Contents

Academic Session 26: Loughborough 2017

AAH2017
43rd Annual Conference & Art Book Fair
Loughborough University
6th to 8th April 2017
 
Revisiting Susan Groag Bell: New directions for ‘medieval women book owners’
 

This session is sponsored by ICMA

Convenors:

Elizabeth L’Estrange, University of Birmingham, e.a.lestrange@bham.ac.uk
Sherry Lindquist, Western Illinois University, sherrylindquist@hotmail.com

2017 marks the 35th anniversary of the publication of Susan Groag Bell’s pioneering article on ‘Medieval Women Book Owners: Arbiters of Lay Piety and Ambassadors of Culture’ which paved the way for much subsequent research on women’s manuscript ownership. This session revisits the topic by re-examining Bell’s conclusions in light of the decades of fruitful scholarship that it has stimulated. Papers in this session address the relationship between manuscripts, dynastic ambitions, and political authority: how they were designed to situate their readers in complex networks of mutual obligation. They also address the complicated connection of manuscripts to place--incorporating images of local saints or integrating styles of diverse localities to create compelling personalized objects for the women who read them. The papers in this session consider how books impacted both female and male readers, regardless of who owned the books. They consider how reading was gendered, how manuscripts may project family identity and how they might instate, subvert and/or reinstate gendered social roles and expectations. They consider how methodologies and technologies not available to Bell can build on the history of the book in an expanded field, thanks to her legacy.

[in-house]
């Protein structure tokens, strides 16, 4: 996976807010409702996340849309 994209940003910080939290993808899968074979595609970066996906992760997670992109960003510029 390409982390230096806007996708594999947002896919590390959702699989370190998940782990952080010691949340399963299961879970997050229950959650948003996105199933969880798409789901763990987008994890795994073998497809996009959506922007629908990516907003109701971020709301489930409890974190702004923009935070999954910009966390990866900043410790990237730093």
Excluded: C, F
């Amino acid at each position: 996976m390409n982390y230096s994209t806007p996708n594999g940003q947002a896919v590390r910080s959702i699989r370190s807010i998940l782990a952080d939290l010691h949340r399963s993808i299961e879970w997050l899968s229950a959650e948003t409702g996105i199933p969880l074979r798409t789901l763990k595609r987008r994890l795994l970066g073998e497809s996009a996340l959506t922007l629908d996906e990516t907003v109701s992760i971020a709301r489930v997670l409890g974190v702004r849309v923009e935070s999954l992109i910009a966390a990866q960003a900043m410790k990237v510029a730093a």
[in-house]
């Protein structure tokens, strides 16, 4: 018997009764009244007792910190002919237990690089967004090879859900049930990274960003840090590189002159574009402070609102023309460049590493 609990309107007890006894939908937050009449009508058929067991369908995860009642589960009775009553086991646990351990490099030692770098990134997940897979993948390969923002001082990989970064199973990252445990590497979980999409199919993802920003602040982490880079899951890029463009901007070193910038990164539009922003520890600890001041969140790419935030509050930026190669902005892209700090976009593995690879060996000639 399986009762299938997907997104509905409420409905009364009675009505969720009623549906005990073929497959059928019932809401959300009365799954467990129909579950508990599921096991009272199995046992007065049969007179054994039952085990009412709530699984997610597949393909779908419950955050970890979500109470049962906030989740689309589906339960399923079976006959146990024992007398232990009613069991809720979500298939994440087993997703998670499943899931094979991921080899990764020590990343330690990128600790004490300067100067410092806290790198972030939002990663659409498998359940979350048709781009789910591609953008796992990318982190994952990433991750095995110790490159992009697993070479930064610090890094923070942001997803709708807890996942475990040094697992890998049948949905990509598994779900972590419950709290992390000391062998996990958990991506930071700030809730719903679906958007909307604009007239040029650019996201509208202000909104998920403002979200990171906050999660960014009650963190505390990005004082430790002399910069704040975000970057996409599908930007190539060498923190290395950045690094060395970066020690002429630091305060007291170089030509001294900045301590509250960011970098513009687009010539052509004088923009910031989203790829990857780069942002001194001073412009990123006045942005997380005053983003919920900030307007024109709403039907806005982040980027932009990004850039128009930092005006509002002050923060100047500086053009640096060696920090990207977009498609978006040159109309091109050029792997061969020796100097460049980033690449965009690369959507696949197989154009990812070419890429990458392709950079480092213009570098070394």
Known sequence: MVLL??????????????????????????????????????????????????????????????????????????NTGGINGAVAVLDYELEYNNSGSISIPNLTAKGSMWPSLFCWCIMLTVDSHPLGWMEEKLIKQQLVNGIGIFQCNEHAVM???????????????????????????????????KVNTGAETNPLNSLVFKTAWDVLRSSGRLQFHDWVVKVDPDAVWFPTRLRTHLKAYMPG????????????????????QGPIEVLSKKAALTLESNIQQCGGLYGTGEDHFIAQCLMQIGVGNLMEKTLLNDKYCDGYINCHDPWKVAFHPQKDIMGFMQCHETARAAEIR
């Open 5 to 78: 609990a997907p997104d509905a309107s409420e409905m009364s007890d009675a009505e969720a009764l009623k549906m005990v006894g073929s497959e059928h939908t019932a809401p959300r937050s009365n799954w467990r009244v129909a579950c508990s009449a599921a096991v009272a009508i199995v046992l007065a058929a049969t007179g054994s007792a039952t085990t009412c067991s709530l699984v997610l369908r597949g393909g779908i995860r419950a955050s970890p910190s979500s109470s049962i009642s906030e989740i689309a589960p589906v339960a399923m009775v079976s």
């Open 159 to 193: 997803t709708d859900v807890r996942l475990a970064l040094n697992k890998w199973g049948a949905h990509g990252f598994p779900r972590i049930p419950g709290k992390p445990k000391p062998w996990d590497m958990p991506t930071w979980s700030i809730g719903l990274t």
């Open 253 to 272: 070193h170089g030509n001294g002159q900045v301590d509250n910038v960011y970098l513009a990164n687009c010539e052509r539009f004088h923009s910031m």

Click here to download a .pdf of this session's paper abstracts


Elizabeth L’Estrange (University of Birmingham) Introduction: Revisiting Susan Groag Bell

Eliza Garrison (Middlebury College) Repetition, Replication, and Simulation in the Marriage Charter of Empress Theophanu

Claire Harrill (University of Birmingham) 'In Divinarum lectionum studio sese occupare': Textual and Visual Images of St Margaret of Scotland (d.1093) as Reader

Emily Wingfield (University of Birmingham) Towards a History of Scotland's Royal Women and their Books, c. 1424-1587

Anne Rudloff Stanton (University of Missouri, Columbia) Mapping Moving Manuscripts: Women and books in the 14th Century

Alixe Bovey (The Courtauld Institute of Art) Filial Piety, Marian Devotion, Masculine Agency: The Case of the Carpentin Hours

Sherry C.M. Lindquist
(Western Illinois University) Gendered Self-fashioning in Late Medieval Books of Hours